Wednesday, February 10, 2010

Is it Just a Piece of Paper?

The fifth amendment to our constitution is most famous for its use by criminals to avoid testifying against themselves, but it's actually a fairly lengthy piece of work, and the self-incrimination part of it is by no means
its most important feature.

No person shall be held to answer for a capital, or otherwise infamous crime, unless on a presentment or indictment of a Grand Jury, except in cases arising in the land or naval forces, or in the Militia, when in actual service in time of War or public danger; nor shall any person be subject for the same offense to be twice put in jeopardy of life or limb; nor shall be compelled in any criminal case to be a witness against himself, nor be deprived of life, liberty, or property, without due process of law; nor shall private property be taken for public use, without just compensation.

Allow me to restate one clause of that as if it stood alone, so that there can be no ambiguity about it because, while some parts of our constitution can be construed as ambiguous and be the subject of argument as to the founders’ actual meaning, this one is crystal clear.

No person shall be deprived of life, liberty, or property, without due process of law.

It is talking about what will not be allowed to happen under the auspices of the nation being governed by this document. It does not discuss who is doing the depriving, the type or nature of the person being deprived, any prior actions of such person, or the location of such deprivation. A person acting under the authority of this document to deprive anyone of life, liberty or property must do so in compliance with due process of law. Slapping handcuffs on a person is depriving them of liberty, and as such the procedure of “due process” must be put into place.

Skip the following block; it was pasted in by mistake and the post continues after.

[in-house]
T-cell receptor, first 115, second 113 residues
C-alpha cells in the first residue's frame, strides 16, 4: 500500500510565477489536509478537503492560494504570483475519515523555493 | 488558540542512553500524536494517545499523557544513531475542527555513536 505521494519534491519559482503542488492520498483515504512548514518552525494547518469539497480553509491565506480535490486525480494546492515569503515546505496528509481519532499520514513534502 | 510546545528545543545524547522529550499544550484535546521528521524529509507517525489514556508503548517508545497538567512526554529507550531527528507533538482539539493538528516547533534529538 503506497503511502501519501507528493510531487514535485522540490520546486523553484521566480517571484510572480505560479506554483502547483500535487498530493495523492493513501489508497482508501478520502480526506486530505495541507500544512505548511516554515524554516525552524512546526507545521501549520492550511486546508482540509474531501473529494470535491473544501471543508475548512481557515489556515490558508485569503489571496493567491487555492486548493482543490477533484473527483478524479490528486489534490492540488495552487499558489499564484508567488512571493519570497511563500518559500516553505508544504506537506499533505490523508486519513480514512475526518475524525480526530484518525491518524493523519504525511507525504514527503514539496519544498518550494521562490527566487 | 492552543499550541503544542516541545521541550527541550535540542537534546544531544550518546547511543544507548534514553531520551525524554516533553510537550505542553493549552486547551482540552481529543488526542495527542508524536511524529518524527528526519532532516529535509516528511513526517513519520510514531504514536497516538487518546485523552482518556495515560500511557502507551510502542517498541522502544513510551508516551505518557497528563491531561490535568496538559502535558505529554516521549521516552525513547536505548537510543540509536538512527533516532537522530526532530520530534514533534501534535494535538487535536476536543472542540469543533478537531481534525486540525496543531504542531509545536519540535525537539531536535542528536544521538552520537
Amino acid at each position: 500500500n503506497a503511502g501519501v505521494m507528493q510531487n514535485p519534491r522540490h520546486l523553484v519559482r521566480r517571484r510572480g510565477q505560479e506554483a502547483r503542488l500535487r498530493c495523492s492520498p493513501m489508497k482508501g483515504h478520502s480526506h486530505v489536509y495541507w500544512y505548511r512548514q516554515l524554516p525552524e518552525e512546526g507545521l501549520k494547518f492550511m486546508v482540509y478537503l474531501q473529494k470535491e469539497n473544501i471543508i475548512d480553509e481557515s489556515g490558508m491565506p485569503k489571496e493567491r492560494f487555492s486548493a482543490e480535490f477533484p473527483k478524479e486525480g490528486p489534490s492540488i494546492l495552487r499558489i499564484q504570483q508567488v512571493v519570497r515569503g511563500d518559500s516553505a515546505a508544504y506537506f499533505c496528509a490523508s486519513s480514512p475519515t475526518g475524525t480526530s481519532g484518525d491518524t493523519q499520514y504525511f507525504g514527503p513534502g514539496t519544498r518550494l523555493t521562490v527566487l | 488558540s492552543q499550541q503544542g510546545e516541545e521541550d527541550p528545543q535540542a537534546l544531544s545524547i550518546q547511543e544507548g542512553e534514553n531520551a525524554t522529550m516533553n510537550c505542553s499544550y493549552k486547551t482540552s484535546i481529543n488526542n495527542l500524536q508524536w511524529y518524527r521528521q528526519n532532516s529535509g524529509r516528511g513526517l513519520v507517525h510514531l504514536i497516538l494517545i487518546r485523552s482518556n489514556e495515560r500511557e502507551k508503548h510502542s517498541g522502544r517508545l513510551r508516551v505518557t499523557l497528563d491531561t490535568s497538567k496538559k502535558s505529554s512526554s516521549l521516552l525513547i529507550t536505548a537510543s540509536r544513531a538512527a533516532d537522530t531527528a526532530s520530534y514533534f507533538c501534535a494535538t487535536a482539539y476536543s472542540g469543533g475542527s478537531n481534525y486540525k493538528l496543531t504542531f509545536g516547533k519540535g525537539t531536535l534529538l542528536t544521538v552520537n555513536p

So all of this argument about how the “Christmas bomber” should be dealt with is utter nonsense. It doesn’t matter how safe we imagine it keeps us or not, it doesn’t matter how much or how little information we gain from him or how much or how little value that information might have. All of that is completely irrelevant. Who he is, what he is entitled to, where he came from, or what he has done are all irrelevant. We are required by law to do certain things, and so we must do them; not because we want to, or because they serve our purpose, but because doing so is required by the law of our land.

What part of that is so hard to understand?

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